A team representative will present a summary of the responses from each break-out group. 


I was glad to be part of such a focus group and glad that NUS has an initiative to seek the opinions of students and ex-students about campus life.

During the discussions, I felt an overwhelming sense that the focus group was to justify something. The committee seemed to be focused on:

1) Student interactions or the lack there of, and attributed it to lack of meeting space and non-conducive canteens. There seemed to be suggestions that the canteens are going to be renovated, possibly to include air-conditioning.

2) Students do not spontaneously gather to do arts. There is a lack of opportunities for this to happen, and new facilities will be built to accomodate this.

3) There is lack of sports facilities, and more should be built for students to enhance student life.

4) There is a need for study rooms and something new should be built.

I seem to feel that this interview was to justify the need to add more facilities, but in my opinion, NUS seemed to have built too many new buildings and useless structures and have missed the point -- TO EDUCATE A WELL ROUNDED STUDENT.

1) Canteens are overcrowded, class scheduling seemed poor, and lunch seemed to happen at the same time for staff and students. There is simply not enough chairs to sit during lunch time. It is not really about air conditioning, but rather, seats.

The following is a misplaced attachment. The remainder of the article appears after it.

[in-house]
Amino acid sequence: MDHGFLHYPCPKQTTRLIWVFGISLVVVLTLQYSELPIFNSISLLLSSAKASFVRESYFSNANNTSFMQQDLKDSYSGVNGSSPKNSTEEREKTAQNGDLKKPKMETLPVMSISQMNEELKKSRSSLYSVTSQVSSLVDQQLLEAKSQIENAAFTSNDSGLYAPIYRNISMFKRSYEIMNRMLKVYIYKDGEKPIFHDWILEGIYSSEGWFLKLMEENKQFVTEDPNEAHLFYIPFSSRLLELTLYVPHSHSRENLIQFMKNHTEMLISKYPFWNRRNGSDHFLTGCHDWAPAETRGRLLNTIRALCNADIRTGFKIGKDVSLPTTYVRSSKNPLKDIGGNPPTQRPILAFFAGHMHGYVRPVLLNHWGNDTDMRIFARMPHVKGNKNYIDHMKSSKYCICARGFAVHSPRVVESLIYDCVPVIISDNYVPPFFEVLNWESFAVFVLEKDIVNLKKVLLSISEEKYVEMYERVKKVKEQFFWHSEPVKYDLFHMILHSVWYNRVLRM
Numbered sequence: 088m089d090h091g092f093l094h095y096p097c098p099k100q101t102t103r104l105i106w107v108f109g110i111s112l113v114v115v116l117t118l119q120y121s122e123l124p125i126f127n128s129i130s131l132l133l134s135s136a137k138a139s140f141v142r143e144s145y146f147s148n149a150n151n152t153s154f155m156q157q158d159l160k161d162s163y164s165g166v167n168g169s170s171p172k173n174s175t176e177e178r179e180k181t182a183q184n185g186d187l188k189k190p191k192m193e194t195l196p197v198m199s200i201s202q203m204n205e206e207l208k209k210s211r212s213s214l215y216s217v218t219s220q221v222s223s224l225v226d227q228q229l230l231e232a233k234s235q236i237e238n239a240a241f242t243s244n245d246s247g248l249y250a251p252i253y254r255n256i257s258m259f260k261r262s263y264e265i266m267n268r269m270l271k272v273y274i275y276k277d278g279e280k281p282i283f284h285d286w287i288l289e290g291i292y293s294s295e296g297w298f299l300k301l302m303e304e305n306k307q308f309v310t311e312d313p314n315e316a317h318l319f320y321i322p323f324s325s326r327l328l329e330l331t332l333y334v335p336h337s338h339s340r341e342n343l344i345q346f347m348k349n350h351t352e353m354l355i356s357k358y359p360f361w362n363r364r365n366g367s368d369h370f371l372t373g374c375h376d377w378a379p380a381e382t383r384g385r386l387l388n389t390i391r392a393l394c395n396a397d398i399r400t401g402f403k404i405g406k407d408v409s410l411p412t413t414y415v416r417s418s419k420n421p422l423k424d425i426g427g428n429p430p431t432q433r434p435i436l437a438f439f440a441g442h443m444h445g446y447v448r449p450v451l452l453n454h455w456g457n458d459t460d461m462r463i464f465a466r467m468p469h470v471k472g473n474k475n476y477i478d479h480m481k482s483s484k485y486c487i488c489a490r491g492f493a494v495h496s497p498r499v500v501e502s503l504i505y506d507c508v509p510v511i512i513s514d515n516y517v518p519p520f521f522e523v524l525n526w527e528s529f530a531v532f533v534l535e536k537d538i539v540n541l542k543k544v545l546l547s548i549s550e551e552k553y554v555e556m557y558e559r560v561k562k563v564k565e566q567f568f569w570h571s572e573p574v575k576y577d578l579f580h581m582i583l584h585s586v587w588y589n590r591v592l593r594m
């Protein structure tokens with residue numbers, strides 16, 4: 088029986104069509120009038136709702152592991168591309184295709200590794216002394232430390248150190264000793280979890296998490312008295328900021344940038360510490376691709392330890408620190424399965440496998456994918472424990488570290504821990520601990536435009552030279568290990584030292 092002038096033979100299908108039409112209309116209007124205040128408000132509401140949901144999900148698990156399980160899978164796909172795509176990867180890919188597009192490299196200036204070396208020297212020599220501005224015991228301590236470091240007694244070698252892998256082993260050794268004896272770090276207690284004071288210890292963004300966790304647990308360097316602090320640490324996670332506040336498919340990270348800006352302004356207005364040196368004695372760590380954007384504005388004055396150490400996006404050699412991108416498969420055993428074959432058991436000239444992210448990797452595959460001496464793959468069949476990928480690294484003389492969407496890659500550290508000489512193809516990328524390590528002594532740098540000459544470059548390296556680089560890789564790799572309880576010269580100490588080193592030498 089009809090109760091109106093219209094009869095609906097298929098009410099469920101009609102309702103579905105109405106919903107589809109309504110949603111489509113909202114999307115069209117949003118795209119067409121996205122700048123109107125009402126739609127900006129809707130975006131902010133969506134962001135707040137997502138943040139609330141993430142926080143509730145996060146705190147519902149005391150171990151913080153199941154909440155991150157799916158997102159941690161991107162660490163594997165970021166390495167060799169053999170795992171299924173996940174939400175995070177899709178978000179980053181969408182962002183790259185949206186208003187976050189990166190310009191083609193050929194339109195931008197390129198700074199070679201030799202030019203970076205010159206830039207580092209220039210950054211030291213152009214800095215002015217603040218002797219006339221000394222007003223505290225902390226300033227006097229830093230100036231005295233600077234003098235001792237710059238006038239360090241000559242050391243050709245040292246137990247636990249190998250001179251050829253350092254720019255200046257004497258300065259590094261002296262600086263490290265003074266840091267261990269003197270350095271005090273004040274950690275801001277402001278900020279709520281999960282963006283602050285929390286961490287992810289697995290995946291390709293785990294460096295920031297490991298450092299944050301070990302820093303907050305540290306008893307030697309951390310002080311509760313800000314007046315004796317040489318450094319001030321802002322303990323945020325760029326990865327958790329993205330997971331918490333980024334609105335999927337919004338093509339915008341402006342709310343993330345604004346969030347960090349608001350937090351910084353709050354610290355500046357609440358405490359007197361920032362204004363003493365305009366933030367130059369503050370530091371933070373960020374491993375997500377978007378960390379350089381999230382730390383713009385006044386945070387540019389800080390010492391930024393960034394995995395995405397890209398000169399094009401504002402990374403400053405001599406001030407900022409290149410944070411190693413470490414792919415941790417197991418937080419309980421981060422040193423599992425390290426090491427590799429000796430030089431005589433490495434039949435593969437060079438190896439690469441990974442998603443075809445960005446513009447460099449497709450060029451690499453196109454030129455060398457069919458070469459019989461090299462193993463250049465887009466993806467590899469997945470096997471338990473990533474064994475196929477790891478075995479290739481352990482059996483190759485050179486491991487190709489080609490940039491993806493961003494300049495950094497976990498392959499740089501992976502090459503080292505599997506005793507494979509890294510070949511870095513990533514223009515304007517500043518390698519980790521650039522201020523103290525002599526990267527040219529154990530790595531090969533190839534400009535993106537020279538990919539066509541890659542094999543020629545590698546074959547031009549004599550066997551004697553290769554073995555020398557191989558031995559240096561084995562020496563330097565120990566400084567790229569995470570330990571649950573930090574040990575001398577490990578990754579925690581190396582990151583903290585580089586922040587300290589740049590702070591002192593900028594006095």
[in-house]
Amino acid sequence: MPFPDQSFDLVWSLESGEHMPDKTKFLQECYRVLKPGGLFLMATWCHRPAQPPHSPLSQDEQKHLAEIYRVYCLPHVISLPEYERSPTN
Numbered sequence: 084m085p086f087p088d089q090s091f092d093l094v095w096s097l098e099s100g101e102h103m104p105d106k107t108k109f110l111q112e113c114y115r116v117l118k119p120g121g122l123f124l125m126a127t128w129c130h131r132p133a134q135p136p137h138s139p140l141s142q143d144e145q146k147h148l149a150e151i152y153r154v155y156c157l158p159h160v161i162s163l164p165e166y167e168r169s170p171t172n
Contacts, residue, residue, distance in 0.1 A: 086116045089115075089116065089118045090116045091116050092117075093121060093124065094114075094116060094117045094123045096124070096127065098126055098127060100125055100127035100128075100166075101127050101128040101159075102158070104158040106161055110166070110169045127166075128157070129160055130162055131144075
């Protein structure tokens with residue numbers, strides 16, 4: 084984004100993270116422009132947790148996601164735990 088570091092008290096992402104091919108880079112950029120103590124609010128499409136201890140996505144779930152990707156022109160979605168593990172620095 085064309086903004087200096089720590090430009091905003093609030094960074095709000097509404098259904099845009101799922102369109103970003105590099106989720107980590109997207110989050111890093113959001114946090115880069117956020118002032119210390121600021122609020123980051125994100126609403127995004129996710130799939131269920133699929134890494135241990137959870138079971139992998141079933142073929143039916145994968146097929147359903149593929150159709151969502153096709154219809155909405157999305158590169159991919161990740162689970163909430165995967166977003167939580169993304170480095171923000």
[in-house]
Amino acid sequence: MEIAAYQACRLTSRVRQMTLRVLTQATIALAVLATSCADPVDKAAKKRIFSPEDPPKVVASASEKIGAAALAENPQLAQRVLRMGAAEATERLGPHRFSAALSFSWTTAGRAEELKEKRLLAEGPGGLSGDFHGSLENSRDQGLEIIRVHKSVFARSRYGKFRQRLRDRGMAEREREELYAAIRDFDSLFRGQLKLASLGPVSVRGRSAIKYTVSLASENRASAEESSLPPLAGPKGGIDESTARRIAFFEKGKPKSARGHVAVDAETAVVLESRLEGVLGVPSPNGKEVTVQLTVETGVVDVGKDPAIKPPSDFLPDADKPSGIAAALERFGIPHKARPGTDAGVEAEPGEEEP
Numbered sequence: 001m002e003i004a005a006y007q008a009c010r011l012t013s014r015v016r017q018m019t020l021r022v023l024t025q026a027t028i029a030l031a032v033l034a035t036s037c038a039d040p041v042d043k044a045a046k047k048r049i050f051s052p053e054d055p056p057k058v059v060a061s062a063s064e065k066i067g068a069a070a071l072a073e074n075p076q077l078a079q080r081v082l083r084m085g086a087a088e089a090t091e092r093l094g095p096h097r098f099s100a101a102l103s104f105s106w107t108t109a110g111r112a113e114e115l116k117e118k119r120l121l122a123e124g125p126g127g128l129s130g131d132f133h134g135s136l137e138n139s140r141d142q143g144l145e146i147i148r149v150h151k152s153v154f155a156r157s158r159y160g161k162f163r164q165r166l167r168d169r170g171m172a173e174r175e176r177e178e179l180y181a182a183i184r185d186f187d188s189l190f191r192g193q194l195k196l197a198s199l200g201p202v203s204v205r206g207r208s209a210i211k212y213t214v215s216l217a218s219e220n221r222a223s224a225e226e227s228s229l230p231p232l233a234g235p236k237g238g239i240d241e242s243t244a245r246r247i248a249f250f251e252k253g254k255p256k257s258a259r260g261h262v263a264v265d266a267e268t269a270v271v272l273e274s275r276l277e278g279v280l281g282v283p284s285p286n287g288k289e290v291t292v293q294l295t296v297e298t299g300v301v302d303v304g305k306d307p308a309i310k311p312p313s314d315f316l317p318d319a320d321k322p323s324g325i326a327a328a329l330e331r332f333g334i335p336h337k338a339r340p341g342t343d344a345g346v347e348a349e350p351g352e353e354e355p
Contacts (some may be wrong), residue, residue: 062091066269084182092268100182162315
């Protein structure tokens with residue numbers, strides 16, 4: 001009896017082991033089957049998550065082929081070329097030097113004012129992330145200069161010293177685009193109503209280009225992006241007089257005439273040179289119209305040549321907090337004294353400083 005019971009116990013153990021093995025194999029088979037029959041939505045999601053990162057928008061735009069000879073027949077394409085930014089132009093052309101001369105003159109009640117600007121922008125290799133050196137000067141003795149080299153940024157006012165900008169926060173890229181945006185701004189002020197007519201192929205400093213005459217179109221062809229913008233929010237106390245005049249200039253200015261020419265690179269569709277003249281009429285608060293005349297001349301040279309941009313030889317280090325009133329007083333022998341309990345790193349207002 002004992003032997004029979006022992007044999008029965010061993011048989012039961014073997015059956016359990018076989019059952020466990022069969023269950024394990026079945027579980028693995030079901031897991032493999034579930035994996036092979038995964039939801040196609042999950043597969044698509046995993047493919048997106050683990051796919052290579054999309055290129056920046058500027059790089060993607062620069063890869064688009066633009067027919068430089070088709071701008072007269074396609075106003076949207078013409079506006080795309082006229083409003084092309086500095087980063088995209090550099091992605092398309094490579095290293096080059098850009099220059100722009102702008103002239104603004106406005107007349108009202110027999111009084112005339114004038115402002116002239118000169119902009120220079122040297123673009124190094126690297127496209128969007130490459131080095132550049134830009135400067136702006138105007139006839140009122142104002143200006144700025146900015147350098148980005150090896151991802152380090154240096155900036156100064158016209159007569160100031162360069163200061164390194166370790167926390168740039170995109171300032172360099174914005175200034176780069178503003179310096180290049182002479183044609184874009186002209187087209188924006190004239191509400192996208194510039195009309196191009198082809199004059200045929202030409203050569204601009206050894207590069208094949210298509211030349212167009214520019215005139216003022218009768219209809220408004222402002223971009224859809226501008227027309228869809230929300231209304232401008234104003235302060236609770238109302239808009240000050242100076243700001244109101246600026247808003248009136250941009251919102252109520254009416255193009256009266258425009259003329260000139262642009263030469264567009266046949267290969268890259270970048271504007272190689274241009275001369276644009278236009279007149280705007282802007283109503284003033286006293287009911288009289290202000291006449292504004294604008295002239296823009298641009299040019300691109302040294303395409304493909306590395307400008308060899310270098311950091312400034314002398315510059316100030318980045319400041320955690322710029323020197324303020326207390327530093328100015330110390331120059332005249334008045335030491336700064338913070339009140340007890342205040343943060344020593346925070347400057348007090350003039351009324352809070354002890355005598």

2) With the heavy curriculum and study load, student do not have much time to socialize and discover themselves. The school focuses on examination results, and arts, sports and other soft skills may seem as a distraction to most students who are focused solely on academic excellence.

3) There are sports facilities in places that are unused but out of bounds to students and alumni, making those available packed and overcrowded.

4) There are classrooms that should be opened, and a lot are utilized as study rooms. No new rooms are required.

What really irks me is the feeling that the university has already decided on these changes and are getting these surveys with flawed questions to justify these new structures that will be built in the near future. Though not needed or wanted more than the extra seats required at the canteens, there is a need to justify and the survey was supposed to show that, and the findings of the survey on other topics will be ignored as "this is not a survey" for the other findings.

As for the canteens that close too early, lack of a bar or hangout place except Fong Seng (A coffee shop outside NUS sadly) Poor service for the ATM machines. The incredible amount of paperwork and bureaucracy to make things happen in NUS, the task force does not seem out to find a solution for that, but rather a justification for more money to be spent to make NUS look more pretty from the outside with more facilities that are out of bounds and are of no concern to the student body in general.

Well Done.

-- Iron Bowl